I’m walking up 24th and Mission when I see this little boy
about 3 years old sitting in the middle of the sidewalk.
He’s not crying, but he looks a bit angry about something.
I stop and look around to see if there is a mother or grandmother
around, and it takes but a few seconds to spot what is probably
the grandmother talking to another woman in front of a store.
From time to time she checks on the kid and then goes back
to talking with the woman.
The kid seems to be getting more angry, and I imagine that this
is so because he wants to go home, to the park, or wherever
they were headed in the first place.
As people pass him, some look down and say a few words,
but I’m the only one who’s stopped to observe the whole scene.
As I head down the street I suddenly remember my own grandmother
who could sometimes be on the mean side, who toward the end
would accuse my father and aunt of trying to steal her bankbook
for the money she didn’t have. . .
Around 1971 I took this public speaking class at City College
of San Francisco as part of my requirements to get an AA degree.
In the class was this woman named Debralee who had an overbite
and a pronounced lisp that hindered my being able to understand her
at times when she was giving a speech in front of the glass.
The teacher, who was an opinionated old woman in her late 70’s,
was very hard on Debralee when giving her feedback, saying things
like, “You need to speak slower, project more, and look at your audience
more often.” She’d present her comments in a less than encouraging manner, and I remember that Debra often challenged the teacher’s feedback, which, of course, drew them further and further apart.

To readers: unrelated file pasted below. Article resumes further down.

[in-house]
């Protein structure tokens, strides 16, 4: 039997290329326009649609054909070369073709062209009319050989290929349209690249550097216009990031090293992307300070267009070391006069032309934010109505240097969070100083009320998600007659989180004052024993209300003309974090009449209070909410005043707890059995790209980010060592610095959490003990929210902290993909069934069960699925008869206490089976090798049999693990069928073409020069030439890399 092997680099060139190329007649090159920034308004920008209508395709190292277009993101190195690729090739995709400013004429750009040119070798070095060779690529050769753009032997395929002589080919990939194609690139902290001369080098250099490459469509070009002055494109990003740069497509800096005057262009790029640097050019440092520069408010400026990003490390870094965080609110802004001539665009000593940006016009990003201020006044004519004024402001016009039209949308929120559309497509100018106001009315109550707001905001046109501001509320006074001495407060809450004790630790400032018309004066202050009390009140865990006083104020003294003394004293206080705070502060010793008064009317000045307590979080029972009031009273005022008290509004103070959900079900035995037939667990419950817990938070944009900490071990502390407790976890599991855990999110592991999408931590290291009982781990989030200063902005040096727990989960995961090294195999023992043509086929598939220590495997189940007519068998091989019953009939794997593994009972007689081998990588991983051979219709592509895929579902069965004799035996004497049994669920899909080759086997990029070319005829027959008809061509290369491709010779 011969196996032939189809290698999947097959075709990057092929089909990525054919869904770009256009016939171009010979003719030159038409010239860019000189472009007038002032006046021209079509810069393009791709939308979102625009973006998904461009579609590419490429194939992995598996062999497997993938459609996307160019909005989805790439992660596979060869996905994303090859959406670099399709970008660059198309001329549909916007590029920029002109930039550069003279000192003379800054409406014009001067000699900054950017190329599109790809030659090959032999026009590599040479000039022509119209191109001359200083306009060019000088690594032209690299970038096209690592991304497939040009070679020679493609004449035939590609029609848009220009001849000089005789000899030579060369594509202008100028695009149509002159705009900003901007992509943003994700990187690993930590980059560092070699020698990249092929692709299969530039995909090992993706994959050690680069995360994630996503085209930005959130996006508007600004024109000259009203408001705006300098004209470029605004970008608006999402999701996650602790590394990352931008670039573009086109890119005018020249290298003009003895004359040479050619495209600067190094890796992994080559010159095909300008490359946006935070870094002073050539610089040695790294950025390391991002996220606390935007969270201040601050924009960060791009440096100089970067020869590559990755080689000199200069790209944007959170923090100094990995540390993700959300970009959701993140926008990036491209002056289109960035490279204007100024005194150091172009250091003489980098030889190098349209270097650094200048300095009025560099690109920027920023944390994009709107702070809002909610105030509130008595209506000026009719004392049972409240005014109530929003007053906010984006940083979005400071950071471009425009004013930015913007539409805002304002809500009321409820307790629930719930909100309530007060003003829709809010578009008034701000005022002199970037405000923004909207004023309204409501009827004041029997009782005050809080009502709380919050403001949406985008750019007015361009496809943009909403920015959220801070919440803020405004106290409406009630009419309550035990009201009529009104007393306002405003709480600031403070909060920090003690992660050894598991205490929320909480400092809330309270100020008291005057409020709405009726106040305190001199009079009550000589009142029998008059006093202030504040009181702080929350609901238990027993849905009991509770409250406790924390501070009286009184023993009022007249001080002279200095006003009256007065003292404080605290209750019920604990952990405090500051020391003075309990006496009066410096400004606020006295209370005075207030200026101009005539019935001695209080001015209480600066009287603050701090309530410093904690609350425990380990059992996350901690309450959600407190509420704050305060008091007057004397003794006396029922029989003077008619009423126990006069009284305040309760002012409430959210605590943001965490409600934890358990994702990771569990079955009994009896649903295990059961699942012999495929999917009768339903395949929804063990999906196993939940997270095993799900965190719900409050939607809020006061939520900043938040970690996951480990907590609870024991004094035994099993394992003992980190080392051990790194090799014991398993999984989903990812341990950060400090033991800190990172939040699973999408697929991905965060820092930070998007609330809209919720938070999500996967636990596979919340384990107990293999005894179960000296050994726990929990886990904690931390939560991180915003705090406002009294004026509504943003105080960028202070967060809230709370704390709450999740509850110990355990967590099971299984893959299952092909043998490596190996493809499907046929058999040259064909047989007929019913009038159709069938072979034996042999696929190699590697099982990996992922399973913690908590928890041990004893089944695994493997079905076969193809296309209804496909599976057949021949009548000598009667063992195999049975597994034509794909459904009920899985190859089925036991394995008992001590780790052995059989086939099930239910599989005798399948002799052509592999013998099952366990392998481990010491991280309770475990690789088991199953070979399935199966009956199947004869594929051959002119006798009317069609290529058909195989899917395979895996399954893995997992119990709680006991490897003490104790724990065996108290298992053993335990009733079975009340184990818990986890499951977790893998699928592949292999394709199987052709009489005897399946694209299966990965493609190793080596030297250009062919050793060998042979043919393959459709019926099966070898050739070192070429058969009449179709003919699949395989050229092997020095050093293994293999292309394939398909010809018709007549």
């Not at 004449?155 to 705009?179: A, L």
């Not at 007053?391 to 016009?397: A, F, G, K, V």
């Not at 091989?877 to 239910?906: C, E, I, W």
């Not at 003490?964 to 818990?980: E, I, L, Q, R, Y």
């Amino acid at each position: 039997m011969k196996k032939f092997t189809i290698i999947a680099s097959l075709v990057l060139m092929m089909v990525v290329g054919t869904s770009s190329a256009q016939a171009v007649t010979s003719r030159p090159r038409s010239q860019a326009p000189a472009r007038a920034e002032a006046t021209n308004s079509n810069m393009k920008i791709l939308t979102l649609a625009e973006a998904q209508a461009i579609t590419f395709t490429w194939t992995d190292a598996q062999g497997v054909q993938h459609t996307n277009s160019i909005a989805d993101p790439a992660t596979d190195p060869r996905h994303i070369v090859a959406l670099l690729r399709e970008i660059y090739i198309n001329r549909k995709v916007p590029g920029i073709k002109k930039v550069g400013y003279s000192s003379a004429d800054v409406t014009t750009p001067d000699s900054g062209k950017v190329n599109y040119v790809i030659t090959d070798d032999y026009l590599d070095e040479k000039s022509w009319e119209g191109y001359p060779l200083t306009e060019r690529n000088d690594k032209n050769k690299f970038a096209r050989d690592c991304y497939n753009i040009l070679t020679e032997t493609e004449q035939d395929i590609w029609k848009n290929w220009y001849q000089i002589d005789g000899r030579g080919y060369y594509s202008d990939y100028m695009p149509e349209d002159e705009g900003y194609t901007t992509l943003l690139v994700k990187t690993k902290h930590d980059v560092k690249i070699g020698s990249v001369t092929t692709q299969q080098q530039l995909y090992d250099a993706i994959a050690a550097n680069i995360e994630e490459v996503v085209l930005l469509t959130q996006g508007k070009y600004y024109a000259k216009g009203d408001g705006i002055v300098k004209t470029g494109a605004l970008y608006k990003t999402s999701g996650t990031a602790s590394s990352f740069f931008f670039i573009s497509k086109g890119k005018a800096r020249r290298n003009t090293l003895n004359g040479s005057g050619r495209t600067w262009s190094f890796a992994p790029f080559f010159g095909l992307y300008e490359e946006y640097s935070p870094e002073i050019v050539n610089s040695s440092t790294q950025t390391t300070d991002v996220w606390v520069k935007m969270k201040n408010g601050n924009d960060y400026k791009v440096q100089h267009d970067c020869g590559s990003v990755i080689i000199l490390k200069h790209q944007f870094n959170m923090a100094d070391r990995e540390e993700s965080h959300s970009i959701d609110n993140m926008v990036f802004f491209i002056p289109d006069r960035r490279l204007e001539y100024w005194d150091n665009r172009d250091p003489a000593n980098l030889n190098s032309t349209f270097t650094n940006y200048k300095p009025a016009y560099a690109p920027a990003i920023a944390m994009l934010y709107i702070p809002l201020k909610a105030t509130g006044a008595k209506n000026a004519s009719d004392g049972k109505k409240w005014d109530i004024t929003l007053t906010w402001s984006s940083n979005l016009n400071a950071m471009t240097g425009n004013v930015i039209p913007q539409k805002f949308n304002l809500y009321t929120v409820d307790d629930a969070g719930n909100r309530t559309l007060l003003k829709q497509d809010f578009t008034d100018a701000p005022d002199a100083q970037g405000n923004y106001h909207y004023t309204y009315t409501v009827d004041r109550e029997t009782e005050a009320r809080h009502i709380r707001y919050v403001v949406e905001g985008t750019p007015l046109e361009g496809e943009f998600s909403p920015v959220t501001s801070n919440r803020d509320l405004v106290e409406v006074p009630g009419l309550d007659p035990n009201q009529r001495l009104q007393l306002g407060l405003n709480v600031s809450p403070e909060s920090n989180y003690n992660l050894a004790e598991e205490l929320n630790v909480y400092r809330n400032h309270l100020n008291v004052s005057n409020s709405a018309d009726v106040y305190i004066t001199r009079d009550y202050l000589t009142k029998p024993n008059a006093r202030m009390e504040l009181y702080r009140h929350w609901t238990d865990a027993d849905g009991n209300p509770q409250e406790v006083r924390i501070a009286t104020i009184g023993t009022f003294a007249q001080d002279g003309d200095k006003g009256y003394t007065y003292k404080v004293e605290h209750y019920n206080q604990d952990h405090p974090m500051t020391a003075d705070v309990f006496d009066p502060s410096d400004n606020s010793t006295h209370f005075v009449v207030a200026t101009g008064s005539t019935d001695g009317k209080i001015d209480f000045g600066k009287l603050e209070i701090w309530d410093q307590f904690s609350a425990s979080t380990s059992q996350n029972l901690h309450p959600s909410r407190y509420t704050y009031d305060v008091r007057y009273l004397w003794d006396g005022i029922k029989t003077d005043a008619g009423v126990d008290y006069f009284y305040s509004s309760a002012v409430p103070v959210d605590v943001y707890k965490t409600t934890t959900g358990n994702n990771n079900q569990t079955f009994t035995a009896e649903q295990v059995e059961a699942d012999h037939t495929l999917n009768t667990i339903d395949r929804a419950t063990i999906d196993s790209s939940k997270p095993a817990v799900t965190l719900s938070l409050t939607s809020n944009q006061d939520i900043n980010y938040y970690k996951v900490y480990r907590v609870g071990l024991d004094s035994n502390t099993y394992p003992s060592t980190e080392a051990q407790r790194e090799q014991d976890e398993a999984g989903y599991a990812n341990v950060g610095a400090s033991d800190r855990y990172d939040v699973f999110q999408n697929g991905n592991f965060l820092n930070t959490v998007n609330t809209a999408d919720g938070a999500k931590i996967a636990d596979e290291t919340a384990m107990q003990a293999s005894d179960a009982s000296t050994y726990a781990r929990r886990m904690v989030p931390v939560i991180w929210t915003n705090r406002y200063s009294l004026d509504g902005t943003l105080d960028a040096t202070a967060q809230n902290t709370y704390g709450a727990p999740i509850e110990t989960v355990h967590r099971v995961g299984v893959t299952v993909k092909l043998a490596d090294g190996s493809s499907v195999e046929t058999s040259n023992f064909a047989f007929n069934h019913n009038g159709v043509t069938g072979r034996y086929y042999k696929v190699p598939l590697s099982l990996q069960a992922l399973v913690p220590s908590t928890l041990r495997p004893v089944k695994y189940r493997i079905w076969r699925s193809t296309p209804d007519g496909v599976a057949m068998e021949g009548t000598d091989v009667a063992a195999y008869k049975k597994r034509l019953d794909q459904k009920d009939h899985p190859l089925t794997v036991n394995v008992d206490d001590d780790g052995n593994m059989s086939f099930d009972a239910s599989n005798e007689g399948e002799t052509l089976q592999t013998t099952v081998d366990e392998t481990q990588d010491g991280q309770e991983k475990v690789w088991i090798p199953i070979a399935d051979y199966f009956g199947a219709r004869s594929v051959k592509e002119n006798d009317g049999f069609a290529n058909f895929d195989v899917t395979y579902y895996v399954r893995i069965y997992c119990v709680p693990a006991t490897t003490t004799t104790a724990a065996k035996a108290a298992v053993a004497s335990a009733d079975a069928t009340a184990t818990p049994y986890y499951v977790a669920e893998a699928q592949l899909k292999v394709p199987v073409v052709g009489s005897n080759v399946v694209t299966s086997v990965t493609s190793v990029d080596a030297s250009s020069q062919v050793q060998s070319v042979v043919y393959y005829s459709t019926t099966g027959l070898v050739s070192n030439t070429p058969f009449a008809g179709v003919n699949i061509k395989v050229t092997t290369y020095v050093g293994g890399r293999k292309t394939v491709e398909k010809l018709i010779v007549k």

I recall that one time, after Debralee had received some harsh criticism, she said to the teacher in front of the rest of us, “Just you wait and see!
One day you’ll be watching me on television and in the movies!”
With this, we all looked at each other with dubious expressions, and
I was thinking, “Sure, Debralee! We all can’t wait to see you on TV
and in the movies!”
Then a few years later I was flipping the channels and suddenly
realized that I was looking at Debralee. She was on “Welcome Back Kotter,” the center of attention in Kotter’s classroom, and a young John Travolta
was with her.
From there, I saw her on “Mary Hartman, Mary Hartman,” and after that she was on a sitcom called “Angie,” in which she played Angie’s sister.
I also remember seeing her in that blockbuster movie, “American Graffiti.”
The unfortunate part to her story is that I read she had lived a hard
and fast life of drugs and alcohol, and died fairly young from cirrhosis
of the liver.
And even though her story is not unusual in this day and age,
especially with regard to celebrities, reading about it made me sad,
because I liked Debralee.
At the same time, I felt glad she had achieved the success that she
always craved, proving the rest of us wrong. . .
Jeffrey Zable is a teacher and conga drummer who plays Afro-Cuban folkloric music for dance classes and Rumba around the San Francisco Bay Area. His writing has appeared in hundreds of literary magazines and anthologies-- more recently in the Soft Cartel, Brickplight, Typewriters and Salve, and Third Wednesday.